There was no chance at all of making mad passionate love whilst swinging from a chandelier (though this was unlikely at the best of times and highly overrated, usually resulting in re-plastering the ceiling rather than sexual pleasure)
In fact, sex in general was reduced to a preoccupation with locating and maintaining the duvet rather than locating and maintaining erogenous zones...
In short, Mrs Misfit concluded that sex in winter was a difficult affair subject to the perpetual bouts of flu, trying not to get near each other for fear of passing on germs and the endless battle with preserving one 's own body heat.
Mrs Misfit was determined to break the mould resolve this problem...
When her husband came home from work that evening he was forced to strip naked and be thoroughly decontaminated on the front doorstep...
This process was repeated every night for the next few days,much to the shock of the neighbours.
Finally, germ free, no snot, no fever, Mrs Misfit managed to have sex in winter...
Mac Barnett Storyteller: Mac
Barnett has written a charming story expressing the nature of
creativity. Anabelle finds a box of colourful yarn and endeavours to
knit a variety of outfits for the folk of her usually grey and sombre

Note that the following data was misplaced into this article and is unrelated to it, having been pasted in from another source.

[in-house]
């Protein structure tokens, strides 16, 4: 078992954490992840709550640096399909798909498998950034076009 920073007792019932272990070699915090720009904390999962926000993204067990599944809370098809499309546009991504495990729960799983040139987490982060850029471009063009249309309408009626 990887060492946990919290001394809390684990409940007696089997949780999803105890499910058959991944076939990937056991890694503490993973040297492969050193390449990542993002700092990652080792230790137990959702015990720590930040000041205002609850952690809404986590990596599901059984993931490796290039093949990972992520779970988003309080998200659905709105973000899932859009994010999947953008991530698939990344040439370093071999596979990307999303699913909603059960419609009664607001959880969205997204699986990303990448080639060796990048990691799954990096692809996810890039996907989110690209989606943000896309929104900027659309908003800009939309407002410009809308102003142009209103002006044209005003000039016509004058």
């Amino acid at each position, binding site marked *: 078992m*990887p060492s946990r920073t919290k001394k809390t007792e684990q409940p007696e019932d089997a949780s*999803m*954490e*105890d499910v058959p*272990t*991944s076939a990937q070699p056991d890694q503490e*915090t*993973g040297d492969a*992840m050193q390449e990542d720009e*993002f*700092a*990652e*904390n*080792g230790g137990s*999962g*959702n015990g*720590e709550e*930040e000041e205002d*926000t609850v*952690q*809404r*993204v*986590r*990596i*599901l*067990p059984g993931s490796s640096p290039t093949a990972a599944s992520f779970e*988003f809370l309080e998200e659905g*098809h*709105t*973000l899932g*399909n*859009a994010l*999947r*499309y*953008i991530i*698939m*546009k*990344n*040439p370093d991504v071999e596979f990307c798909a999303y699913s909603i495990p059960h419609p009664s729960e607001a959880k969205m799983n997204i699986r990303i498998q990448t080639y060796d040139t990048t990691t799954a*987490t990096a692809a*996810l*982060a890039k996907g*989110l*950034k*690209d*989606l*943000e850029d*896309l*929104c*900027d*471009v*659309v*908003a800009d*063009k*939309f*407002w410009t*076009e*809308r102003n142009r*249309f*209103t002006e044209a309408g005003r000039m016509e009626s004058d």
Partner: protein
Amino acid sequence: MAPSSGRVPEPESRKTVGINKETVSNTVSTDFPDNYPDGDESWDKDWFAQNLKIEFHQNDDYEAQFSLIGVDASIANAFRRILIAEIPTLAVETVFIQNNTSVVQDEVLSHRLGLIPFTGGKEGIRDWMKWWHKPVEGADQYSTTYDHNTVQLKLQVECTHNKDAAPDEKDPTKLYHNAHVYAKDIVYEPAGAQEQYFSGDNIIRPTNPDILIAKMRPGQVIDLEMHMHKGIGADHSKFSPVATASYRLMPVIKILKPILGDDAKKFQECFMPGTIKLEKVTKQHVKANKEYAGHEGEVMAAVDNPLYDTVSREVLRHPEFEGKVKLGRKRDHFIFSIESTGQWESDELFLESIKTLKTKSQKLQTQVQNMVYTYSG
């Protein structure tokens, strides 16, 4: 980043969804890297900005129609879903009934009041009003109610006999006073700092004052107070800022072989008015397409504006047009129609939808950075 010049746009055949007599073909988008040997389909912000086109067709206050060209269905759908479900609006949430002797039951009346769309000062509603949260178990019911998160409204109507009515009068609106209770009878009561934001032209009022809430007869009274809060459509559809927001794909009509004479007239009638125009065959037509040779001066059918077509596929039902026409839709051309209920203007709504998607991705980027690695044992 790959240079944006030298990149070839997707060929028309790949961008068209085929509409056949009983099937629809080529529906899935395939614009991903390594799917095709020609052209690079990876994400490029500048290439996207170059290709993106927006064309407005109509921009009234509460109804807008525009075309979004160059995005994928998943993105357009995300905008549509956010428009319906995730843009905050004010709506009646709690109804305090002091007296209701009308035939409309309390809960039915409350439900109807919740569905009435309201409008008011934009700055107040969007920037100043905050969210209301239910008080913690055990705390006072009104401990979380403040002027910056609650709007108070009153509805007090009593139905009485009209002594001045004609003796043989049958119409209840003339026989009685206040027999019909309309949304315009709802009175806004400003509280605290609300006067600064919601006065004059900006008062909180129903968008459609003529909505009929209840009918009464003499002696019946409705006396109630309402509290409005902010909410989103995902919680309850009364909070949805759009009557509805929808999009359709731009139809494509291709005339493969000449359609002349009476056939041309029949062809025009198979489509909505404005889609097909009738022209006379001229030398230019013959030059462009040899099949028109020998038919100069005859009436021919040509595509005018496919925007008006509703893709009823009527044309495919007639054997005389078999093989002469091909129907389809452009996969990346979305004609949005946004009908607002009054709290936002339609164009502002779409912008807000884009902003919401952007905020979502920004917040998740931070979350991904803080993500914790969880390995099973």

town. Her efforts become well renown attracting the attention of hoards
of spectators longing to see her knitting. There is a dark section of
the story which is beautifully resolved at the end. Reading
this story with my four year old little girl was lovely. There was a
character that reminded her of her papa and we talked about how colour
and the gift of creating something special brings happiness to others.
The story obviously stayed with her for an hour after she went to bed
she woke crying,'There's no wool for giraffe!' After
a little talk I discovered she dreamt that there was no wool to knit a
jumper for giraffe. I told her to talk to Anabelle and ask her to knit a
jumper for giraffe, she went to sleep smiling. Jon Klassen Illustrator:
book caught my eye immediately with it's fabulous illustrations. Jon
Klassen captures the cosy, rainbow, woven nature of wool in every
picture. The characters possess great expressions and the dark part of
the story is dramatic. I am always beguiled by the expressive, charming
and often hilarious drawings of Klassen.
The illustrations (apart from the book cover) are my own.